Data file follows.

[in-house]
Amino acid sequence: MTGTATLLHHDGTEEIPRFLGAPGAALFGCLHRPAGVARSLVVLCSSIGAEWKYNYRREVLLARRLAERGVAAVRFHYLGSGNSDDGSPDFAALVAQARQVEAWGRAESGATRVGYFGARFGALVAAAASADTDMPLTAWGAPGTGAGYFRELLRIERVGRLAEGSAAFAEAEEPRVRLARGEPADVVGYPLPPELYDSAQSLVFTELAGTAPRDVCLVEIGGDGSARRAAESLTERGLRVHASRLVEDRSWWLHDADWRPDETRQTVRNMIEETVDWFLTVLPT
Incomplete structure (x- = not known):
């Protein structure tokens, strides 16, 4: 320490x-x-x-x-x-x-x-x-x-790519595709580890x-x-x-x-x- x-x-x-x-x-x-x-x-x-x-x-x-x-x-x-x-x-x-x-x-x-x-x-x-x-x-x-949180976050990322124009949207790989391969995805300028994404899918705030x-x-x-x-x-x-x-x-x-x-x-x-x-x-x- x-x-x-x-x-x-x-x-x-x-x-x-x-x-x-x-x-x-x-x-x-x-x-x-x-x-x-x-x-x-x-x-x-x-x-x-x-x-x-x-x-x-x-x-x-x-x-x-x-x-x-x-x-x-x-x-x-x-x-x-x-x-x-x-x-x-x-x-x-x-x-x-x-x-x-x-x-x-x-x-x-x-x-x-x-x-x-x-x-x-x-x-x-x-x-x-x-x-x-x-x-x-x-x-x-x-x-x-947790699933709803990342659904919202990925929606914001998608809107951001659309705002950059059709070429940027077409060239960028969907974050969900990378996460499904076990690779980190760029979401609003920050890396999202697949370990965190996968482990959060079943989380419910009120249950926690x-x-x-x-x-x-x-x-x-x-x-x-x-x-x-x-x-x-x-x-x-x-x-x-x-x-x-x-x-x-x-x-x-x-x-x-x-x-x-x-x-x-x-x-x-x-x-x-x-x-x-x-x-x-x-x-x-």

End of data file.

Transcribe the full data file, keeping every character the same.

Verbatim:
[in-house]
Amino acid sequence: MTGTATLLHHDGTEEIPRFLGAPGAALFGCLHRPAGVARSLVVLCSSIGAEWKYNYRREVLLARRLAERGVAAVRFHYLGSGNSDDGSPDFAALVAQARQVEAWGRAESGATRVGYFGARFGALVAAAASADTDMPLTAWGAPGTGAGYFRELLRIERVGRLAEGSAAFAEAEEPRVRLARGEPADVVGYPLPPELYDSAQSLVFTELAGTAPRDVCLVEIGGDGSARRAAESLTERGLRVHASRLVEDRSWWLHDADWRPDETRQTVRNMIEETVDWFLTVLPT
Incomplete structure (x- = not known):
């Protein structure tokens, strides 16, 4: 320490x-x-x-x-x-x-x-x-x-790519595709580890x-x-x-x-x- x-x-x-x-x-x-x-x-x-x-x-x-x-x-x-x-x-x-x-x-x-x-x-x-x-x-x-949180976050990322124009949207790989391969995805300028994404899918705030x-x-x-x-x-x-x-x-x-x-x-x-x-x-x- x-x-x-x-x-x-x-x-x-x-x-x-x-x-x-x-x-x-x-x-x-x-x-x-x-x-x-x-x-x-x-x-x-x-x-x-x-x-x-x-x-x-x-x-x-x-x-x-x-x-x-x-x-x-x-x-x-x-x-x-x-x-x-x-x-x-x-x-x-x-x-x-x-x-x-x-x-x-x-x-x-x-x-x-x-x-x-x-x-x-x-x-x-x-x-x-x-x-x-x-x-x-x-x-x-x-x-x-947790699933709803990342659904919202990925929606914001998608809107951001659309705002950059059709070429940027077409060239960028969907974050969900990378996460499904076990690779980190760029979401609003920050890396999202697949370990965190996968482990959060079943989380419910009120249950926690x-x-x-x-x-x-x-x-x-x-x-x-x-x-x-x-x-x-x-x-x-x-x-x-x-x-x-x-x-x-x-x-x-x-x-x-x-x-x-x-x-x-x-x-x-x-x-x-x-x-x-x-x-x-x-x-x-």